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O Uganda, um dos muitos países do mundo que criminaliza a homossexualidade, prepara-se para aprovar uma lei anti-homossexualidade verdadeiramente criminosa. Actualmente,  as autoridades ugandesas podem condenar a 14 anos de cadeia homossexuais e doentes com SIDA. A nova legislação passa a pena para prisão perpétua ou sentença de morte, no caso de «homossexualidade agravada», e aplica-se mesmo a ugandeses que residam fora do país que, de acordo com o texto da lei, devem ser extraditados para o Uganda para serem julgados. Por outro lado, todos os que saibam de actos homossexuais e não os denunciem arriscam-se a uma pena de prisão de 3 anos no mínimo. Quem de alguma forma «auxilie» homossexuais, seja no aluguer de casas ou quejandos, passará pelo menos 7 anos na prisão. Tudo indica ainda que o Uganda está pronto para cortar relações com outros países e organizações internacionais de forma a poder implementar a nova lei,  que foi escrita em resposta a uma campanha dinamizada por igrejas evangélicas, como nos informa o Guardian num artigo que vale a pena ler na íntegra. Vale igualmente a pena ler o « Unmasking Uganda's 'Born Again' Fad» num jornal local, o Independent ugandês.

 

The Rev. Esau Omara, a senior church leader, said over the weekend that any lawmaker opposing the bill will pay for it during the next election, according to local newspaper reports.

And a leading Muslim cleric, Sheikh Ramathan Shaban Mubajje, has called for gays to be rounded up and banished to an island until they die. (CNN)

 

An interesting fall out of the international outrage at Uganda’s anti-homosexuality Bill has been the unmasking of fundamentalist forces driving the born-again hype in Uganda. Ugandans witnessed a wave of evangelical frenzy across the country as papyrus reed churches mushroomed around the country recruiting people for Jesus and the NRM-O. By the 2000s ‘born again’ churches had become powerful political mobilization centers for the Movement government with the President making appearances alongside ‘born again’ pastors who went beyond praying for sinners to mobilizing them to vote for the government. Some went as far as prophesying election results while predicting evil against the government’s opponents.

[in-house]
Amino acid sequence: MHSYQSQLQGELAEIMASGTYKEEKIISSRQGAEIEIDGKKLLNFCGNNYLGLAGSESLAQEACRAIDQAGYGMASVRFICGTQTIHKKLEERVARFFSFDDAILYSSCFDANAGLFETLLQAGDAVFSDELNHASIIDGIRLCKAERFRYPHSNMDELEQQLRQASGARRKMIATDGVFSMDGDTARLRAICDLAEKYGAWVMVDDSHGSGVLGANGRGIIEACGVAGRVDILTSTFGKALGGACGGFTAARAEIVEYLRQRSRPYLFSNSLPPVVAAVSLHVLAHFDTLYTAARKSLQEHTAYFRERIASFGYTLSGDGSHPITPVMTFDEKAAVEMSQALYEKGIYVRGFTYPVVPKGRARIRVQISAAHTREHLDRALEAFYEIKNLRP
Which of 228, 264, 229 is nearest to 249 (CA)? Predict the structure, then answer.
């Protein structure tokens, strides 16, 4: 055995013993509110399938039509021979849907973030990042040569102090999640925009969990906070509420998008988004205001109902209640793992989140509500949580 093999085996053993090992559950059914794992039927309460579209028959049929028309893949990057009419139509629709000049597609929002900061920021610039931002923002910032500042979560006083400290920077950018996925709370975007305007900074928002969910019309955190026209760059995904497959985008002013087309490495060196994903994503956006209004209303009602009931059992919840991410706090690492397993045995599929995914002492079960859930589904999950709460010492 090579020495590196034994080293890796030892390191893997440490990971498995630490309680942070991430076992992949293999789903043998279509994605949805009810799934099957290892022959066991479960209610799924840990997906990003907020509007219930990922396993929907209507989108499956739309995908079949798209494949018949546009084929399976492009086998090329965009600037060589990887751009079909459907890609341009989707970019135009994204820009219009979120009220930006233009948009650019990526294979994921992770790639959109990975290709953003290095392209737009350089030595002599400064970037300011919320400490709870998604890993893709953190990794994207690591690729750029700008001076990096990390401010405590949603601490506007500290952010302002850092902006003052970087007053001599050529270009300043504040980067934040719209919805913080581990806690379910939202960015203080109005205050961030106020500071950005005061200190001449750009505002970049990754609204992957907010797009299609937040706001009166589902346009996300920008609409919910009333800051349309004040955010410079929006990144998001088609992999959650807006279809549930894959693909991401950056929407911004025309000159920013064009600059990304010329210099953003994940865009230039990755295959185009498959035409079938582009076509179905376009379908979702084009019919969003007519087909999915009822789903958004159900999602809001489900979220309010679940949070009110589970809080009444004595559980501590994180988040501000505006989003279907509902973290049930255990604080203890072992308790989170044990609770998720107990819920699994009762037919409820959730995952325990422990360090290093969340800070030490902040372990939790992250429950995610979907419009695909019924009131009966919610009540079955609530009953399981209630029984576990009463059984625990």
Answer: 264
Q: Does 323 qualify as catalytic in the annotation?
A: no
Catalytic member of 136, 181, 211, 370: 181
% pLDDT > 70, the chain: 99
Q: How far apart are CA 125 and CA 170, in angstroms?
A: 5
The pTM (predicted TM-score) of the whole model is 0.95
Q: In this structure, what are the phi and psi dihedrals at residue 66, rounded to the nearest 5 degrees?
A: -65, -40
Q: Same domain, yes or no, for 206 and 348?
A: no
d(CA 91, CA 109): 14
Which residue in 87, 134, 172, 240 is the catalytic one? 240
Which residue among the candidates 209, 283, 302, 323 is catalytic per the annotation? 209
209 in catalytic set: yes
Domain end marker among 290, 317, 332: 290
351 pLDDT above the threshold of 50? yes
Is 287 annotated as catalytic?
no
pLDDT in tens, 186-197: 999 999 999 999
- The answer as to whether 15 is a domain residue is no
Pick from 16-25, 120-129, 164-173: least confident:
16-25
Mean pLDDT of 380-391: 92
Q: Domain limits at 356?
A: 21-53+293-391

By 2000 it was also an open secret that in order to get a job in the right place or marry into certain families one needed to be born again. One dangerous ramification of this trend was the miracle churches that claimed to cure everything from blindness to HIV AIDS. Uganda attracted all kinds of miracle pastors including one from West Africa who was arrested at the Airport with a miracle making machine that transmitted low voltage electricity through the Pastor to unsuspecting sinners seeking a miracle!
In the mid 2000 we saw the entry of the First Lady in elective politics. In her debut campaigns she was known not only to throw around her husband’s name but also the name of God as the power behind her calling to competitive politics. Within a short while of winning a Parliamentary seat she was made a member of the Cabinet and she continued to champion an
anti-condom pro abstinence campaign to prevent HIV/AIDS. In the meantime American Pastors continued to pour into Uganda to pray for our sins and make some money while First Daughter Patience Museveni opened her own ‘Born Again Church.
Except for the small nuisances of election theft, political persecution of opponents, massive corruption, state instigated torture and murder; it appeared as though Uganda was set to become a major God-fearing nation. (Independent)

 

At the same time, some influential religious leaders have warned about the dangers of accepting liberal western attitudes towards homosexuality.

Both opponents and supporters agree that the impetus for the a more hardline law came in March during a seminar in Kampala to "expose the truth behind homosexuality and the homosexual agenda".

The main speakers were three US evangelists: Scott Lively, Don Schmierer and Caleb Lee Brundidge. Lively is a noted anti-gay activist and president of Defend the Family International, a conservative Christian association, while Schmierer is an author who works with "homosexual recovery groups". Brundidge is a "sexual reorientation coach" at the International Healing Foundation.

The seminar was organised by Stephen Langa, a Ugandan electrician turned pastor who runs the Family Life Network in Kampala and has been spreading the message that gays are targeting schoolchildren for "conversion". "They give money to children to recruit schoolmates – once you have two children, the whole school is gone," he said in an interview. Asked if there had been any court case to prove this was happening, he replied: "No, that's why this law is needed."

After the conference Langa arranged for a petition signed by thousands of concerned parents to be delivered to parliament in April. Within a few months the bill had been drawn up.(Guardian)

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Isabel Moreira

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